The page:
drew


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drew

 (dro͞o)
v.
Past tense of draw.

drew

(druː)
vb
the past tense of draw

draw

(drɔ)

v. drew, drawn, draw•ing,
n. v.t.
1. to cause to move in a particular direction by or as if by a pulling force; pull; drag (often fol. by along, away, in, out, or off).
2. to pull down or over so as to cover, or to pull up or aside so as to uncover: Draw the curtain. He drew the blanket over him.
3. to bring, take, or pull out, as from a receptacle or source: to draw water from a well; to draw blood from a vein.
4. to bring toward oneself or itself, as by inherent force; attract: The sale drew large crowds.
5. to sketch, render, or trace (figures or objects), as with lines or tones: to draw a vase with charcoal.
6. to compose or create (a picture) with lines, tones, or color.
7. to depict or delineate, as with words: to draw a character with skill and humor.
8. to mark or lay out; trace: to draw perpendicular lines.
9. to frame or formulate: to draw a distinction.
10. to write out in legal form (sometimes fol. by up): Draw up the contract.
11. to inhale or suck in: to draw liquid through a straw.
12. to derive or use: to draw strength from prayer.
13. to deduce; infer: to draw a conclusion.
14. to get, take, or receive: to draw a salary of $600 a week.
15. to withdraw (funds) from an account.
16. to write (a check) so as to take money from an account (often fol. by on or against).
17. to produce; bring in: The deposits draw interest.
18. to disembowel: to draw a turkey.
19. to pull out to full or greater length; stretch: to draw filaments of molten glass.
20. to bend by pulling back the string in preparation for shooting an arrow: to draw a bow.
21.
a. to choose or have assigned to one by or as if by lottery: to draw kitchen duty.
b. to pick unseen or at random, as from among marked slips of paper or numbered tickets: to draw straws to see who wins.
22. Metalworking. to form or reduce the sectional area of (a wire, tube, etc.) by pulling through a die.
23. to wrinkle or shrink by contraction.
24. Med. to cause to discharge: to draw an abscess by a poultice.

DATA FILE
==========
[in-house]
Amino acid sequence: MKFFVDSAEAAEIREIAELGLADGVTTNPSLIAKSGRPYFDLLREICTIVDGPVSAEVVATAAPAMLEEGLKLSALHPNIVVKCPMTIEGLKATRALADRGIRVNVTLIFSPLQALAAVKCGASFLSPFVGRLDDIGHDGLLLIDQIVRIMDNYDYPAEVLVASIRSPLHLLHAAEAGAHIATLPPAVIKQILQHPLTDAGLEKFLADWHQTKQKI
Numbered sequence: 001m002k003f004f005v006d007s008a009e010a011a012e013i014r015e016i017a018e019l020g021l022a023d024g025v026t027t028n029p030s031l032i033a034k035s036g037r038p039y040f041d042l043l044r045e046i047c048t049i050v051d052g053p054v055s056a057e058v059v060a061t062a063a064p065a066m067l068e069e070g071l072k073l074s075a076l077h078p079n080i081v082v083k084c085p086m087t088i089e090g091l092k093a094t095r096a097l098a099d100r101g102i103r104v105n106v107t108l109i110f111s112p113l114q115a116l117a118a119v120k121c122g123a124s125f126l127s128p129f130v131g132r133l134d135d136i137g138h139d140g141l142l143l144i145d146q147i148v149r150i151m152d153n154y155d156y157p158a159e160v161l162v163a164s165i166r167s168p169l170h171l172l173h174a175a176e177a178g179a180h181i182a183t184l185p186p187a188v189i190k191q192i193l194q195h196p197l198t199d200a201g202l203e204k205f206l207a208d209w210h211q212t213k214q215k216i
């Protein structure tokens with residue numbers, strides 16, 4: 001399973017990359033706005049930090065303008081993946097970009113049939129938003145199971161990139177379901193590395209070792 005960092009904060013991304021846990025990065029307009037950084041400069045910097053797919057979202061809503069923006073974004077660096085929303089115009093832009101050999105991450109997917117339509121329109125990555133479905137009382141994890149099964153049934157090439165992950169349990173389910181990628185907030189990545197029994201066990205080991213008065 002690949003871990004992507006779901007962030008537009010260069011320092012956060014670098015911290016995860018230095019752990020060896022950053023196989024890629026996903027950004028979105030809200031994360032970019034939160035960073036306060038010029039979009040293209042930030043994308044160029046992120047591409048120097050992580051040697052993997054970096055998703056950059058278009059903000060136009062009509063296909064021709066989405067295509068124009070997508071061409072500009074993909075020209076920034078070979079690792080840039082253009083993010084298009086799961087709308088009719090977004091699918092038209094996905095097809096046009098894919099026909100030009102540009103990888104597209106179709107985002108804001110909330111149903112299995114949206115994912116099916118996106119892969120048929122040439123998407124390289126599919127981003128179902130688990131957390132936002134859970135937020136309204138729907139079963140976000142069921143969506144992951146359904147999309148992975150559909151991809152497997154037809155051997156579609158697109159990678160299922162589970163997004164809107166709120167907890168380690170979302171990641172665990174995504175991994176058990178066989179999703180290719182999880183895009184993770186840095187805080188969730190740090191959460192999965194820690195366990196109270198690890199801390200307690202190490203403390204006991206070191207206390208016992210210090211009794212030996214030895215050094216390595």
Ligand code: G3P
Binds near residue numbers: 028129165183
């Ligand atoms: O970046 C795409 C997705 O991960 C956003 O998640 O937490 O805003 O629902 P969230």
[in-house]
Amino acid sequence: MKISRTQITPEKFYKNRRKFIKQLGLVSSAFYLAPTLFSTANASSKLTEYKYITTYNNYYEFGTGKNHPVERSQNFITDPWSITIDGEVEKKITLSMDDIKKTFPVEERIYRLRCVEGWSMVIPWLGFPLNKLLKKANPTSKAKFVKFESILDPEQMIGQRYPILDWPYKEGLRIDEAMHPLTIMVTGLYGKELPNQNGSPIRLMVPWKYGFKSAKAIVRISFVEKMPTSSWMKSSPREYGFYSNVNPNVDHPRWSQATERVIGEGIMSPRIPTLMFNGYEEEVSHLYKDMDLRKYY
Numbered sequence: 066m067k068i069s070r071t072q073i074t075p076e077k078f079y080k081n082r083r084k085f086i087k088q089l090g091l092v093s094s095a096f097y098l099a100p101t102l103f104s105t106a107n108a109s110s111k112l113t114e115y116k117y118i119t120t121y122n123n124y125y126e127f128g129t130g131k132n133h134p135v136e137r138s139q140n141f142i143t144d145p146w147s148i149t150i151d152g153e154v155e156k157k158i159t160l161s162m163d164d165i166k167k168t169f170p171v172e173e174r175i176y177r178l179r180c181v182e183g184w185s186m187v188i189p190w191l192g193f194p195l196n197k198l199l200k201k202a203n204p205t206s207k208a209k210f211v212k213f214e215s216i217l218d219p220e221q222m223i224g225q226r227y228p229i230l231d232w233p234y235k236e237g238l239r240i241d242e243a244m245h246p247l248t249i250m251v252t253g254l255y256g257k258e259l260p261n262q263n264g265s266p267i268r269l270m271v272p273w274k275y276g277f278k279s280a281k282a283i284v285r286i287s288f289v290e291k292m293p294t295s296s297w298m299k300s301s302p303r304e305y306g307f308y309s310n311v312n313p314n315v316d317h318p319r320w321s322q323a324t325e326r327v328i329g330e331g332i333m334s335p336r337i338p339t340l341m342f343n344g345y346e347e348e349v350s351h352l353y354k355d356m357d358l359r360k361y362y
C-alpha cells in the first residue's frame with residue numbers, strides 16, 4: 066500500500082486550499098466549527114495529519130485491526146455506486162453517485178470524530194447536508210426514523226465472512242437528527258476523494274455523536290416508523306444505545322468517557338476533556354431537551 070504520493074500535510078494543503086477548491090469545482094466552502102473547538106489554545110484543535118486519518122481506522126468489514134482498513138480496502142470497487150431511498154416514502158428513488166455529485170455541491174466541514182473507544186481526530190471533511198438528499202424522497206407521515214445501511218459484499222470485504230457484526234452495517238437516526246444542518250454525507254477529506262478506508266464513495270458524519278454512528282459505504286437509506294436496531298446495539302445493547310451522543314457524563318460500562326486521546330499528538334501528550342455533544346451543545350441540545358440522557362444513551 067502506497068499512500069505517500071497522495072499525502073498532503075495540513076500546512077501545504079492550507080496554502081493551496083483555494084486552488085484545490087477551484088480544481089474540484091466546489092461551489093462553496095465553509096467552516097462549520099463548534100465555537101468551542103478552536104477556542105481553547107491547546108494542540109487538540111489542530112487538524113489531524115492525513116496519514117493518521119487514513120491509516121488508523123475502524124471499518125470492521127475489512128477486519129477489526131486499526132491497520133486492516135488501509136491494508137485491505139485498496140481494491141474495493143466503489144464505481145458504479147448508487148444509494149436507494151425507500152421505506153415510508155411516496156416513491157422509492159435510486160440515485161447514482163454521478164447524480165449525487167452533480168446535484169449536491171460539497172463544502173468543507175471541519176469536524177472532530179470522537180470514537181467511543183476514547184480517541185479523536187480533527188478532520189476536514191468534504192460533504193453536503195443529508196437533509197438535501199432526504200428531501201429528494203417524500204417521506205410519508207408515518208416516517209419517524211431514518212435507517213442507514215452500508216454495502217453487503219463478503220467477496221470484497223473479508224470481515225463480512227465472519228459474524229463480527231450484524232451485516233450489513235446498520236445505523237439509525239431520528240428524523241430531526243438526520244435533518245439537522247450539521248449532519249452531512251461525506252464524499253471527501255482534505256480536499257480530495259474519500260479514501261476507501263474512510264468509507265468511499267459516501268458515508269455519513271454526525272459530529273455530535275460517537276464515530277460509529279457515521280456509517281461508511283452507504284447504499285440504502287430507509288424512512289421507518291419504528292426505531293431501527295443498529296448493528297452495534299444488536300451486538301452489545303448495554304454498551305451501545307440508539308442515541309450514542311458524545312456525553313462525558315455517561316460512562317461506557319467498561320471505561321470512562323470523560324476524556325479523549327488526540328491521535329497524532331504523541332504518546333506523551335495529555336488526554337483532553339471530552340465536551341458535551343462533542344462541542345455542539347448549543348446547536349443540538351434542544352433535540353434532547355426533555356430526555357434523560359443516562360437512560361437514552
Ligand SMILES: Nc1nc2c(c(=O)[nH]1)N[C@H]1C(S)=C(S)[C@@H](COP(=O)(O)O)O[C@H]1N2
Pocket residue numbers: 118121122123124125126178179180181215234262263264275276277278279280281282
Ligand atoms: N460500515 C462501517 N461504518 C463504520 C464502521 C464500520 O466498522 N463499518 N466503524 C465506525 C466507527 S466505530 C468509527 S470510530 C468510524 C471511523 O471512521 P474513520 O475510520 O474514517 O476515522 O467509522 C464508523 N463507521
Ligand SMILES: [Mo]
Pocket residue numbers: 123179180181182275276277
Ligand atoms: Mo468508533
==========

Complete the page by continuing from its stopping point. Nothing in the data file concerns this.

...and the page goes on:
25. (of a vessel) to need (a specific depth of water) to float.
26. to finish (a contest) with neither side winning; tie.
27.
a. to take or be dealt (a playing card or cards) from the pack.
b. (in bridge) to remove the outstanding cards in (a suit) by leading.
28. (in billiards) to cause (a cue ball) to recoil after impact by administering a backward spin on the stroke.
29. to steep (tea) in boiling water.
v.i.
30. to exert a pulling, moving, or attracting force.
31. to move or pass, esp. slowly or continuously, as under a pulling force: The day draws near.
32. to take out a sword, pistol, etc., for action.
33. to hold a drawing, lottery, or the like: to draw for prizes.
34. to sketch or to trace figures; create a picture or depict an image by drawing.
35. to be skilled in or practice the art of drawing.
36. to shrink or contract (often fol. by up).
37. to make a demand (usu. fol. by on or upon): to draw on one's imagination.
38.
a. to act as an irritant; cause blisters.
b. to cause blood, pus, or the like to gather at a specific point.
39. to produce or permit a draft, as a flue.
40. to leave a contest undecided; tie.
41. to attract customers, an audience, etc.
42. to pull back the string of a bow in preparation for shooting an arrow.
43. draw away,
a. to move away.
b. to move farther ahead: One runner drew away from the pack.
44. draw in,
a. to cause to take part or enter, esp. unwittingly: This is your fight; don't draw me in.